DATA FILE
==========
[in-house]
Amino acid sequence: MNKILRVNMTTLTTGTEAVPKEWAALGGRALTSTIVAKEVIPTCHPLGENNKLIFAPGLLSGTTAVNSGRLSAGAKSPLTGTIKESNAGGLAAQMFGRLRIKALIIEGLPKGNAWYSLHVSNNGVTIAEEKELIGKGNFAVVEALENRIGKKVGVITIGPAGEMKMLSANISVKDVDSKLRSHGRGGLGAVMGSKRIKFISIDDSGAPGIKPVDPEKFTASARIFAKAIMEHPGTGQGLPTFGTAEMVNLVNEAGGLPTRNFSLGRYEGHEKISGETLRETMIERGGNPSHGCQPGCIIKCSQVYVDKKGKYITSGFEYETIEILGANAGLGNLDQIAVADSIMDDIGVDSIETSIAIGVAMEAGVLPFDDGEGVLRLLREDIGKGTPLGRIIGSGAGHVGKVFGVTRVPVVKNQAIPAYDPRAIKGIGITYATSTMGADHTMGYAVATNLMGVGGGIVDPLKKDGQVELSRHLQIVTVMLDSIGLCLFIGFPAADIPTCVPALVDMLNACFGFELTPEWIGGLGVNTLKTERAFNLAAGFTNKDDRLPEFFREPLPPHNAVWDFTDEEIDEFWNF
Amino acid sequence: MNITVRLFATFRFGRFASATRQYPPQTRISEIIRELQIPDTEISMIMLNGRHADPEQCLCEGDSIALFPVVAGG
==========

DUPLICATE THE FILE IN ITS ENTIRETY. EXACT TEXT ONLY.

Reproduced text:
[in-house]
Amino acid sequence: MNKILRVNMTTLTTGTEAVPKEWAALGGRALTSTIVAKEVIPTCHPLGENNKLIFAPGLLSGTTAVNSGRLSAGAKSPLTGTIKESNAGGLAAQMFGRLRIKALIIEGLPKGNAWYSLHVSNNGVTIAEEKELIGKGNFAVVEALENRIGKKVGVITIGPAGEMKMLSANISVKDVDSKLRSHGRGGLGAVMGSKRIKFISIDDSGAPGIKPVDPEKFTASARIFAKAIMEHPGTGQGLPTFGTAEMVNLVNEAGGLPTRNFSLGRYEGHEKISGETLRETMIERGGNPSHGCQPGCIIKCSQVYVDKKGKYITSGFEYETIEILGANAGLGNLDQIAVADSIMDDIGVDSIETSIAIGVAMEAGVLPFDDGEGVLRLLREDIGKGTPLGRIIGSGAGHVGKVFGVTRVPVVKNQAIPAYDPRAIKGIGITYATSTMGADHTMGYAVATNLMGVGGGIVDPLKKDGQVELSRHLQIVTVMLDSIGLCLFIGFPAADIPTCVPALVDMLNACFGFELTPEWIGGLGVNTLKTERAFNLAAGFTNKDDRLPEFFREPLPPHNAVWDFTDEEIDEFWNF
Amino acid sequence: MNITVRLFATFRFGRFASATRQYPPQTRISEIIRELQIPDTEISMIMLNGRHADPEQCLCEGDSIALFPVVAGG